Monthly Archives: October 2012

finding the time

Somehow time really flies in schools. I was told “there’s always enough time for what’s important,” but I’m beginning to think there’s “there’s never enough time to scratch the surface.”


There’s a debate (somewhere) about whether we want to cover more ground (broad) or less but more solidly (depth). It appears that in schools, it’s often not that much content and not very in depth. There’s about four hours or real learning time in a school day, subtracting for lunch, recess and other specialists (there’s learning there).


Sometimes you want to explore a subject more deeply – but then time runs out. Math and reading/writing take an insurmountable amount of time – and they’re required for good reason, but even in those subjects, time is fleeting. With standards and test looming, it’s up to teachers to cover everything the best they can, but that can be to the detriment to real learning. Sometimes there are things that the students are on the cusp of learning, but need some real world hands on experience. Sometimes they get that – but usually at the expense of something else that would be invaluable.


So, maybe we can mix every subject at once. Math with social studies, science with art, technology with writing. But’s it’s never enough time. But that’s more down to the fate of being human. I don’t know if I’ll have time to learn five languages, live all over the world, become the world’s greatest teacher, chef, writer, husband – and someday father, and open an awesome sandwich shop. I’ll just have to make time for the important stuff. Sometimes that’s everything.

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evaluating teachers

It seems that there is another swing in education toward teacher evaluation, as I caught up it in the NY Times.


One person put it succinctly: “Are they going to be giving us true feedback?” she asked. “Or are they just going to be filling out a form?”


I think that really sums up my feelings. When I heard about the TPA (postponed indefinitely), I was worried about the test for many reasons, but a big portion of it is how they’re doing it, and how I can use that information. It’s the same with standardized testing. There could be a lot more use out if it than evaluating teachers/schools. What about a test that we can use to gauge where students are at the start of the year, something valid for teachers and students.


It’s the same for teachers. Is it just going to be a checklist? What do all the prompts mean? How can an evaluation be truly objective? I honestly think most teachers want to be better teachers. And evaluations, if done right, could work just for that purpose. But it won’t be an easy or cheap (in time or money) to properly evaluate teachers to make them better, and live up to the professional standard for which we all strive.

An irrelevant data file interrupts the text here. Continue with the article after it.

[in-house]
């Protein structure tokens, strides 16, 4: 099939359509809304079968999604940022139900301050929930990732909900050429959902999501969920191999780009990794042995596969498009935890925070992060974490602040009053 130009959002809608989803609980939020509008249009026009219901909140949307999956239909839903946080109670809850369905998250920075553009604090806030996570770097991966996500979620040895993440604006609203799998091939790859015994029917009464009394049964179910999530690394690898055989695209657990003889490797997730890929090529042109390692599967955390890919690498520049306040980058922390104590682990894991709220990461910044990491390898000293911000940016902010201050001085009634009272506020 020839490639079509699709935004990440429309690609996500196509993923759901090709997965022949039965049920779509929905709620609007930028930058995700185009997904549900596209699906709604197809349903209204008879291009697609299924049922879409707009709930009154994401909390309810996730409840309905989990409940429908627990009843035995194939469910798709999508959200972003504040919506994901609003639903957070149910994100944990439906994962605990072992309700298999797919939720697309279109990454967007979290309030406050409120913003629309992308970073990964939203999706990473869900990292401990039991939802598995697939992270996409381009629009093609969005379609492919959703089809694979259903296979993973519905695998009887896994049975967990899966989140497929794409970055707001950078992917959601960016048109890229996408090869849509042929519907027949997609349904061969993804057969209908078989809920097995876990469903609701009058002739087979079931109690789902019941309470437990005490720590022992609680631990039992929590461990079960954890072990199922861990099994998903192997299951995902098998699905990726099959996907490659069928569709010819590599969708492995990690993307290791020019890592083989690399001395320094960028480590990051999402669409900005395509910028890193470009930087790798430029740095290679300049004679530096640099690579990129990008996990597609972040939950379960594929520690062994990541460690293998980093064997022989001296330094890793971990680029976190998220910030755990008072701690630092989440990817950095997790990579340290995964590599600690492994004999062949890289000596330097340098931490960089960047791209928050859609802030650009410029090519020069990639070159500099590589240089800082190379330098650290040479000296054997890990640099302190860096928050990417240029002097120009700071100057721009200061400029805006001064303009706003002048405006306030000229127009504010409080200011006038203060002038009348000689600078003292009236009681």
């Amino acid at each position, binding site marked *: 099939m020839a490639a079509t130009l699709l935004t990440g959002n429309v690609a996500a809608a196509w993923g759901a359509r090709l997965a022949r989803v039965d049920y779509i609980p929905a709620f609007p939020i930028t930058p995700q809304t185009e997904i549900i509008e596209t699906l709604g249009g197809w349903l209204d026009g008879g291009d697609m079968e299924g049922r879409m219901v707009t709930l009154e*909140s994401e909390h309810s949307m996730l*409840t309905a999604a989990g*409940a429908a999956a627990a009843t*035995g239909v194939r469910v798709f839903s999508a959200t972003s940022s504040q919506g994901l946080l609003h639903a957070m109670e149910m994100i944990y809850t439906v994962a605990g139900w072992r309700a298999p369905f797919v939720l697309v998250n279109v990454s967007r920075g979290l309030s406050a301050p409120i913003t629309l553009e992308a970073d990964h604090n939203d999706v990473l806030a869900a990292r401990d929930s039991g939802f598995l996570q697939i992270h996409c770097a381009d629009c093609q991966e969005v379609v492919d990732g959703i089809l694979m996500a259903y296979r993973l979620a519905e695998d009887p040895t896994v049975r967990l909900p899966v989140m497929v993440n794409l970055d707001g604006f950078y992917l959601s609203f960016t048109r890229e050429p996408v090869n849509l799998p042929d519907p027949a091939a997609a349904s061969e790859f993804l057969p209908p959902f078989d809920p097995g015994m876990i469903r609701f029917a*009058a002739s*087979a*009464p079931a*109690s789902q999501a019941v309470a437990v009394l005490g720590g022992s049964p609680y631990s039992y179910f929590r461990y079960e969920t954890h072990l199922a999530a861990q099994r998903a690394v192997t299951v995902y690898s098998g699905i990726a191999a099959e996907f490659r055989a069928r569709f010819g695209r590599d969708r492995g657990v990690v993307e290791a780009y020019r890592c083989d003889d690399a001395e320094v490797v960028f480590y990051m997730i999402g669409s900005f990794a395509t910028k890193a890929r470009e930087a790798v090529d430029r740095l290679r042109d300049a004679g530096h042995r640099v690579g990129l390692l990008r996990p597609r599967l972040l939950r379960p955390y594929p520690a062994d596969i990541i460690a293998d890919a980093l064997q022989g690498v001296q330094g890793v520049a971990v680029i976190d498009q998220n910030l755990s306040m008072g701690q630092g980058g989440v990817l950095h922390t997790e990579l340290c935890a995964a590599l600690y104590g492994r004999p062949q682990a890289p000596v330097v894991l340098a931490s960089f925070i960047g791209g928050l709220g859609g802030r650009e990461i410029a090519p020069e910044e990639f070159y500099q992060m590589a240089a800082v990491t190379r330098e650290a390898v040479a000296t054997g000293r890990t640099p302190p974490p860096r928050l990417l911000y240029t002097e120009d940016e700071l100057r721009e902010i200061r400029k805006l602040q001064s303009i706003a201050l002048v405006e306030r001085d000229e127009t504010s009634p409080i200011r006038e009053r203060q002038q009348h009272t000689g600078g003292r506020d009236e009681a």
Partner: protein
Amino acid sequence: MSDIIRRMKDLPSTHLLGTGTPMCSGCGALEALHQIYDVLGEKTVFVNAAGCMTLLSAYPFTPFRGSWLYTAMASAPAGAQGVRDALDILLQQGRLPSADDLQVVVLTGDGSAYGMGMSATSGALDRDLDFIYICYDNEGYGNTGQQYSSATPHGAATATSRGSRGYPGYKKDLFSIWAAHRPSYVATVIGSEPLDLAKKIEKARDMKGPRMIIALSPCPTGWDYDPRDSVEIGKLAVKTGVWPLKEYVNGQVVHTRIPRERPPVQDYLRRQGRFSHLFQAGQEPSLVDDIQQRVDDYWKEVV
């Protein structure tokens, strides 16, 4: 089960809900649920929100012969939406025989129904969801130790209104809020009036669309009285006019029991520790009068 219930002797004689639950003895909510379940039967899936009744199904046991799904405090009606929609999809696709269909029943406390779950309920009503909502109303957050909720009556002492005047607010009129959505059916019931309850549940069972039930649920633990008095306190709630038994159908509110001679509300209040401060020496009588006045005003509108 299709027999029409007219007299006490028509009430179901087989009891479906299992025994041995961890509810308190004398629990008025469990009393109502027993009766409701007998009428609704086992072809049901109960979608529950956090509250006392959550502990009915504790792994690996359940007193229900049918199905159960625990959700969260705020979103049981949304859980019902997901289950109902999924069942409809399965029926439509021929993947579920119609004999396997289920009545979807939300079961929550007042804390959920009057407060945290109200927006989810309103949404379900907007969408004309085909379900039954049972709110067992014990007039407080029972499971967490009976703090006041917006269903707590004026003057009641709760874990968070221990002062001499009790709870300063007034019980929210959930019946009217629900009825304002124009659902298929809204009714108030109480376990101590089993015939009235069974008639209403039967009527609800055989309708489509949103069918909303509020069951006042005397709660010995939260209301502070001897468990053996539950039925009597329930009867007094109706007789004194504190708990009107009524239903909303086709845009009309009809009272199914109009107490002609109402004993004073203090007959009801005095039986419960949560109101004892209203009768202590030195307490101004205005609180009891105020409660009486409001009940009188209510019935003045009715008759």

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Writing to write

There’s a thing I have been involved in, though never “successfully” complete, called NaNoWriMo. Basically, it’s national novel writing month. The goal is basically to write a novel starting and ending in the month of November (around 50,000 words to be complete). The point is to just write as much as you can and edit later. It’s fun, and it get’s me motivated to write.


What about the classroom? Most of my students aren’t even reading novels. A good portion of the students avoid reading like the plague. But what they do enjoy, as weird as it sounds, is writing. Kids love writing about themselves, about anything really. Kids are natural storytellers, and are way more creative than we ever give them credit.


So, I saw this on twitter, basically a (free) class kit for NaNoWriMo. I don’t really think the kit is necessary, I think I could fashion some way to track students’ progress that would be fun and non competitive. I would like to use October as planning, November as writing, and December as editing. We can do typing lessons simultaneously during the editing stage so they could transfer their handwritten work. The best part would be the sharing. They could read excerpts to the class and share their work, maybe even create a compendium of their work like with Seattle 826  (something I’d also like to do as a field trip). Everything is still in the early stages, but I see that kids like to write, and I want to see that continue.

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A tale of two schools

There is a big difference in the number ten, more than I could have imagined.

Having ten more students in a place that feels a tenth the size (of my previous classroom) makes it all the more difficult. Thinking back to Ayers, I agree that a quiet classroom doesn’t equal a learning classroom, but it sure is hard to transition with the level of noise in the classroom at any given time. When you don’t have the physical space to create an environment for learning, you just sort of make-do. The classroom doesn’t even have enough space for students to sit around for a read aloud. There isn’t space to work on projects bigger than a desk. Clutter is an issue. It seems like everything is an issue.

The students are clever, very clever. I’m still trying to learn their names. The students seem to “feed” off the chaos. When it’s time to pick up off the ground, some students just hide under their desks. When it’s time for silent reading, a line forms up to use the restroom. The environment isn’t the best for them, so it’ll take something more. It’ll take engagement to a new level. That seems like the only way. The class is diverse – but using the diversity could be key to engaging the students. No one said this would be easy.

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